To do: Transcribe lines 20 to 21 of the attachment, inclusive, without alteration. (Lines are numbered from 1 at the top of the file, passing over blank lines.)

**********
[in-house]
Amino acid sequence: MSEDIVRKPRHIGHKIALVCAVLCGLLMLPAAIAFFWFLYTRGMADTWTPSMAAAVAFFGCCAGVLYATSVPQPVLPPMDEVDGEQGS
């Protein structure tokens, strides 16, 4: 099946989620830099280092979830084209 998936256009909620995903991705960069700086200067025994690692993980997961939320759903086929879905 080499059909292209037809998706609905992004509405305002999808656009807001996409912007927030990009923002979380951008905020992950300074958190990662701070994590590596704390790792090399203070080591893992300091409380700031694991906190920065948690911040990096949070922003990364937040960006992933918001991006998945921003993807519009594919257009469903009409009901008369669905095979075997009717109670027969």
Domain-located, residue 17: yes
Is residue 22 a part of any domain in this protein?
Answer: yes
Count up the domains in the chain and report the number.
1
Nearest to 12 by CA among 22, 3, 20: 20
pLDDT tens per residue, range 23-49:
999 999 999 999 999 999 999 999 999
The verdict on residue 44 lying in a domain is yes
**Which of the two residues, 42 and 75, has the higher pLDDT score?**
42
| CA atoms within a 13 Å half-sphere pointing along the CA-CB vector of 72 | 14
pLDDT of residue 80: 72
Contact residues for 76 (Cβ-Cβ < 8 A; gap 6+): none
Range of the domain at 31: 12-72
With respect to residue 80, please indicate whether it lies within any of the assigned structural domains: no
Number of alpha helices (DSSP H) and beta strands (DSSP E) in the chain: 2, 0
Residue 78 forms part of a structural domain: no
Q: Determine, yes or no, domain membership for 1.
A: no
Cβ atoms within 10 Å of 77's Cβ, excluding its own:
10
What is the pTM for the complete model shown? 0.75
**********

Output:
Number of alpha helices (DSSP H) and beta strands (DSSP E) in the chain: 2, 0
Residue 78 forms part of a structural domain: no